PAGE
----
Now Featured in the Patheos Book Club
The World Is Not Ours to Save
Finding the Freedom to Do Good
By Tyler Wigg-Stevenson
"I love Tyler. He has style, and wit, and innovation, and sass. I didn't like the title of the book. But then I read it. Tyler corrects some of the errors of activism and challenges the assumptions of belief-only Christianity. He reminds us here that works don't earn our salvation, but they do demonstrate it. And Tyler insists that we pray as if we depend on God, because we do...but that we also live as if God depends on us, because God does. May Tyler's words inspire us all to become the change we pray for."
—Shane Claiborne, author, activist and lover of Jesus, www.thesimpleway.org
"We all want to be heroes, but there are true limits to our activism. The World Is Not Ours to Save is a humbling reminder that we are free to love, serve and speak up because the greatest battles are not ours to win. This is an important read for young activists who seek to understand God's biblical vision for peace, justice and love on earth—while exploring their own role in the world. Through compelling historical and present-day narratives, Wigg-Stevenson casts a vision of activism that encourages us to think theologically about our activities and steward our calling, ultimately drawing us back to Jesus."
—Jena Lee Nardella, cofounder and CEO, Blood:Water Mission
"Tyler Wigg-Stevenson has opened a hatch, offering a breathtaking view into the kingdom of God. Painting a backdrop of some of the most harrowing realities and possibilities from the past century and the century to come, Tyler invites us to reorient our impulses toward either apathy or activism, centering our gaze instead on Jesus Christ himself and the character of our God who reigns over all. It is impossible not to be challenged—deeply—by this book. Read it. Wrestle with it."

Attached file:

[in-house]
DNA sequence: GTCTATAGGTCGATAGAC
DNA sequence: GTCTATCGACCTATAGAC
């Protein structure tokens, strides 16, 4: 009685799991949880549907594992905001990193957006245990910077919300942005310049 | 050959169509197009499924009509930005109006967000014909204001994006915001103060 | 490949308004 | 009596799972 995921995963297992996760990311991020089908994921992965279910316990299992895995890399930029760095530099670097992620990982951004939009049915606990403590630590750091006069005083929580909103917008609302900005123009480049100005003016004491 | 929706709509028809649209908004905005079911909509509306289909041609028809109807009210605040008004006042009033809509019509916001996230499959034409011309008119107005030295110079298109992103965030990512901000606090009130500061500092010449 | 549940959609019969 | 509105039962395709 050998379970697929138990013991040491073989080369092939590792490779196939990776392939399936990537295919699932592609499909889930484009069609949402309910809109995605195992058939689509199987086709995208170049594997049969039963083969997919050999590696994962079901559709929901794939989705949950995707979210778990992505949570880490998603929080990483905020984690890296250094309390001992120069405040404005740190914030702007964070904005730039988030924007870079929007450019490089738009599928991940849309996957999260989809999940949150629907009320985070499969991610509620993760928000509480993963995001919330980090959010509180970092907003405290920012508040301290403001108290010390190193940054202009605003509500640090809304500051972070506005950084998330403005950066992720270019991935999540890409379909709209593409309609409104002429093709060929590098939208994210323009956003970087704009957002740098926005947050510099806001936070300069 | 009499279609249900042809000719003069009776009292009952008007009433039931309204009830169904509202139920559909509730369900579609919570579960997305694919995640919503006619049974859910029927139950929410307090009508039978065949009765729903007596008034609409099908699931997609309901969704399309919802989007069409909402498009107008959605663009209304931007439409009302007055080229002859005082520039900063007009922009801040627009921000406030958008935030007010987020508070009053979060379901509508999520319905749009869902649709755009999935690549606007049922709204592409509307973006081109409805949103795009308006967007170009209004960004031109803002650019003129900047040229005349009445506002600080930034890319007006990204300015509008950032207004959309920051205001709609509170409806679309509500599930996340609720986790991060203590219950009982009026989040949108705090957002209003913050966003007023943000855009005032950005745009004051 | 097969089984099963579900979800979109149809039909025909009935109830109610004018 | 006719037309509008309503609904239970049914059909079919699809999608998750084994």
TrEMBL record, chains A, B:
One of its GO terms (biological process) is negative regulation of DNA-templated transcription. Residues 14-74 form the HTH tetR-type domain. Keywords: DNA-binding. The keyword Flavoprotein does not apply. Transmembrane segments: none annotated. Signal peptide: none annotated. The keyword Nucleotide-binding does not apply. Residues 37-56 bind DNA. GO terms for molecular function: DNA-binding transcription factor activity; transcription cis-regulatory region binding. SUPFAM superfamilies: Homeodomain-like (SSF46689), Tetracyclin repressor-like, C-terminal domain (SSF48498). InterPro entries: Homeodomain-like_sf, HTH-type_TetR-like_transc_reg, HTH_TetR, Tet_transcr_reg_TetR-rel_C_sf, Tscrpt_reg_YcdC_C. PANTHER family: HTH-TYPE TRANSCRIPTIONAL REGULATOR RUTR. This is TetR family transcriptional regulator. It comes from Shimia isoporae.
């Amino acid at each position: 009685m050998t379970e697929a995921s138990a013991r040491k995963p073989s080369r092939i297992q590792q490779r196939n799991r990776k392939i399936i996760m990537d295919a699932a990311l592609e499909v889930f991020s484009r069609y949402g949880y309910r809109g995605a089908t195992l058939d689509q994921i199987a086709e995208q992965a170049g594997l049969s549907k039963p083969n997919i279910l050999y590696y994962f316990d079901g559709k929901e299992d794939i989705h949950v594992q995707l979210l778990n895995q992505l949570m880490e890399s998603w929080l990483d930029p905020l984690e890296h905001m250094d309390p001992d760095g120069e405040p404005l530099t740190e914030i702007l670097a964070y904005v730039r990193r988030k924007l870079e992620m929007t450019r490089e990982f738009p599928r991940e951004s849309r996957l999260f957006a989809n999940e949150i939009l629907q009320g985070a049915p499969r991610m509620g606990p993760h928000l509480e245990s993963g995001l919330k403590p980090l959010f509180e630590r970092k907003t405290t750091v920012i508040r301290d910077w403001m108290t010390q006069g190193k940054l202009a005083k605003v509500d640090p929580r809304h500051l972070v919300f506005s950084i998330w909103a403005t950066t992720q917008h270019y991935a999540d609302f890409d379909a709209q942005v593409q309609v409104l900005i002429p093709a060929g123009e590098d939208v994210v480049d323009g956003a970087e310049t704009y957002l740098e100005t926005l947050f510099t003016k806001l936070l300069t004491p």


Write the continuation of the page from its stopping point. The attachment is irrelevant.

—Bethany H. Hoang, director of the IJM Institute for Biblical Justice, author of Deepening the Soul for Justice
"Tyler Wigg-Stevenson's The World Is Not Ours to Save is a must-read for anyone serious about understanding and ending the threat of nuclear weapons in our world today. As believers we are to be Christ, conscious of what a world with nuclear weapons and a world without them means to us socially, humanly and spiritually. The abolition of nuclear weapons is one of the most important issues we must pray for and take a stand on today."
—Jaeson Ma, artist, musician and church planter
"There is a generation arising committed to reconciling Billy Graham's message of salvation with Dr. Martin Luther King's march for justice. Tyler Wigg-Stevenson embodies that mission and presents a practical framework for building a firewall against activism fatigue and cause-related myopia. In The World Is Not Ours to Save, Tyler submits the proposition that unbridled activism and advocacy results in a spiritual disbalance that merits a corrective prescription—one that emerges out of a kingdom lens and vocational discipline."
—Rev. Samuel Rodriguez, president, National Hispanic Christian Leadership Conference, Hispanic Evangelical Association
"Deeply personal, always fresh and to the point, and often funny, this book carries a wise and timely message. Wigg-Stevenson is both a voice to listen to and a leader to follow. I read the book with great profit."
—Os Guinness, author of A Free People's Suicide
"If you are an activist inspired by the Christian faith and are experiencing a 'cause fatigue'—read this book! Tyler's beautifully written essay, theologically penetrating, wise and born out of his own experiences, will give you rest and help you not tire out of radical commitments and faith-based activism."
—Miroslav Volf, author of A Public Faith: How Followers of Christ Should Serve the Common Good, Henry B. Wright Professor of Theology, Yale Divinity School, and founding director of Yale Center for Faith and Culture
"Tyler Wigg-Stevenson offers in these pages some wise remedies for the signs of 'cause fatigue' that he sees as beginning to afflict a younger generation of bright and committed young Christians. This is a book I wish that I had read during my own early activist days!"
—Richard J. Mouw, Ph.D., president and professor of Christian philosophy, Fuller Theological Seminary
"Brilliant, biblical and immensely important. This wise, Christ-centered book by an extremely gifted emerging evangelical leader and scholar/activist strengthens my hope that the next generation of Christian leaders will embrace biblical balance in every area of their thought and life."
—Ronald J. Sider, professor of theology, Palmer Seminary at Eastern University, and president, Evangelicals for Social Action